“About thirty years ago, the fashionable lapdog was the Dutch-Pug; every old Duchess in the kingdom had three or four, and these ugly little animals were the ladies’ favourites from the accession of William the Third to the death of George the Second.”
(The Sporting Magazine, 1803.)
Pugs feature in many of our favorite Regency novels and, in most of them, the cheerful little dog, which currently ranks 32nd most popular breed in the United States, is not portrayed in a very flattering light. Instead of the “happy, even-tempered companion” that the United Kennel Club refers to in their breed standard, the Pugs of literature are generally depicted as spoiled, temperamental little brutes. As illustrated in Jane Austen’s Mansfield Park, their presence in a novel tends to symbolize the very worst in upper-class indolence. Austen describes the character of Lady Bertram thusly:
“She was a woman who spent her days in sitting, nicely dressed, on a sofa, doing some long piece of needlework, of little use and no beauty, thinking more of her pug than her children.” (Mansfield Park, Jane Austen, 1814.)
The phrase “of little use and no beauty” might just as easily be applied to the character of Pug herself. Content to while away her life sitting on the sofa with her mistress, her only exercise the occasional bout of mischief making in the flower beds, Pug is nothing like the noble hounds and energetic spaniels we have grown accustomed to seeing in period literature.
In the novels of Georgette Heyer, the portrayal of Pugs is not much better than that in Austen. In fact, it is uniformly negative. The much-maligned little canine is usually associated with elderly dowagers and, more often than not, the bane of every young person who crosses their threshold.
“[My grandmother has] a pug-dog,” says Gil Ringwood to Hero, Lady Sheringham, in Friday’s Child. “Nasty, smelly little brute. Took a piece out of my leg once. You could take it for walks. Wants exercising. At least, it did when last I saw it. Of course, it may be dead by now. Good thing if it is.” (Friday’s Child, Georgette Heyer, 1944.)
As luck would have it, the Pug in question has not yet been “gathered to its fathers,” but is indeed very much alive. Upon catching sight of the snuffling, snorting creature, Lord Sheringham informs his wife:
“I’ll be hanged if I’ll have an overfed little brute like that in my house! If you want a dog, I’ll give you one, but I warn you, it won’t be a pug!”
In contrast to those featured in Austen and Heyer, the Pugs of history are much beloved little fellows. The most famous of their ranks is undoubtedly Pompey, the Pug belonging to William the Silent, Prince of Orange. Sir Roger Williams recounts the following anecdote about Pompey in his book Actions in the Low Countries (1618):
“The Prince of Orange being retired into the camp, Julian Romero, with earnest persuasions, procured licence of the Duke D’Alva to hazard a camisado, or night attack, upon the Prince. At midnight, Julian sallied out of the trenches with a thousand armed men, mostly pikes, who forced all the guards that they found in their way into the place of arms before the Prince’s tent, and killed two of his secretaries; the Prince himself escaping very narrowly, for I have often heard him say, that he thought, but for a dog, he had been taken or slain. The attack was made with such resolution, that the guards took no alarm until their fellows were running to the place of arms, with their enemies at their heels; when this dog, hearing a great noise, fell to scratching and crying, and awakened him before any of his men…The Prince, to shew his gratitude until his dying day, kept one of that dog’s race, and so did many of his friends and followers.”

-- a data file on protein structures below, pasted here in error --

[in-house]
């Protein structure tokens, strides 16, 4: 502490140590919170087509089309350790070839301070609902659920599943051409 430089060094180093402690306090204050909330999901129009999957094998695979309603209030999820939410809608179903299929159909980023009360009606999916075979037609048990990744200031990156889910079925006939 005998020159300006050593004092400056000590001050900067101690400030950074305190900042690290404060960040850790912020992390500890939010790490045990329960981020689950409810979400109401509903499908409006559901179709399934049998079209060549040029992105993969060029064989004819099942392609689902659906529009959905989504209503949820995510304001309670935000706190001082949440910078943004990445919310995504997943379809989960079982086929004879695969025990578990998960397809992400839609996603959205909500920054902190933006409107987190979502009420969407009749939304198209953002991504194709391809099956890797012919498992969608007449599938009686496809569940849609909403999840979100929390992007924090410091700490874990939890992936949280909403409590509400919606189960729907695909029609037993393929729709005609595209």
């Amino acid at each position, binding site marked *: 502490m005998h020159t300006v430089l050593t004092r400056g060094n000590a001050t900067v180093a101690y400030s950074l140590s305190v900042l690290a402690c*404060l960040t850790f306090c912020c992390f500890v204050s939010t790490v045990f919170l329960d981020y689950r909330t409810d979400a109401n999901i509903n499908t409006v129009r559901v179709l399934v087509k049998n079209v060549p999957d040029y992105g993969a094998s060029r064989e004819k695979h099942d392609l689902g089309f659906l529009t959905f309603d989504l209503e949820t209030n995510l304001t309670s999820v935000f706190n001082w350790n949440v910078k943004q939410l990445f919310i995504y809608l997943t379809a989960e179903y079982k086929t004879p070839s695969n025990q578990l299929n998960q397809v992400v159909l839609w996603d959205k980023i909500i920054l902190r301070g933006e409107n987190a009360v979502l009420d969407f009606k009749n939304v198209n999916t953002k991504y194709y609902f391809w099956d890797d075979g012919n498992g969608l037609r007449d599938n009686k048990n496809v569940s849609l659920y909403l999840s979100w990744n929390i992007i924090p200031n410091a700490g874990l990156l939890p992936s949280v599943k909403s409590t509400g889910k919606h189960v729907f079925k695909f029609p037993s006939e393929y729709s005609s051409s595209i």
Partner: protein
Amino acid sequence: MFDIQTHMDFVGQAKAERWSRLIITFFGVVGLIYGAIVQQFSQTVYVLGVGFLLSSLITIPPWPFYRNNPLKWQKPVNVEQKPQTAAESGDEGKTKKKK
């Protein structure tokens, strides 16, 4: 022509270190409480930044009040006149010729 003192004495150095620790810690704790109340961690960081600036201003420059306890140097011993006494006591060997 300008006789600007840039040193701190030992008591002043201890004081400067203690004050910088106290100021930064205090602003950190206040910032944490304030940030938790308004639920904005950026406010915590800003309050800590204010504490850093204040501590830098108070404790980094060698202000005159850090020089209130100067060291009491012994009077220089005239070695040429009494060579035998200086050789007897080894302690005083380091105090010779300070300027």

The Pug went on to become the favored dog of European royalty, including monarchs William and Mary whose Pugs, wearing orange ribbons to signify the House of Orange, travelled with them from Holland when they came to ascend the English throne in 1688. The Empress Josephine was also a Pug fancier. Her Pug, Fortune, is famous for having carried messages for her while she was imprisoned during the revolution. Marie Antoinette had a beloved Pug named Mops. And Queen Victoria, a noted lover of dogs, had a veritable herd of Pugs.
With their protruding eyes and corkscrew tail, the Pug may not be precisely the sort of dog you would like to see in your next historical romance – either as a writer or as a reader – but I would urge you to reconsider. Despite their unfortunate characterization in many Regency novels of the past, Pugs continue to be in actual fact little dogs of great courage, possessed of boundless affection, and an unending reservoir of good cheer.
Thus concludes another Friday feature on Animals in Literature and History. To learn more about Pugs or to adopt a Pug of your own, I encourage you to visit the following sites:
The Pug Dog Club of America (United States)
The Pug Dog Welfare & Rescue Association (United Kingdom)
Works Referenced or Cited in this Article
© 2015-2017 Mimi Matthews
For exclusive information on upcoming book releases, giveaways, and other special treats, subscribe to Mimi’s Quarterly Newsletter by clicking the link below.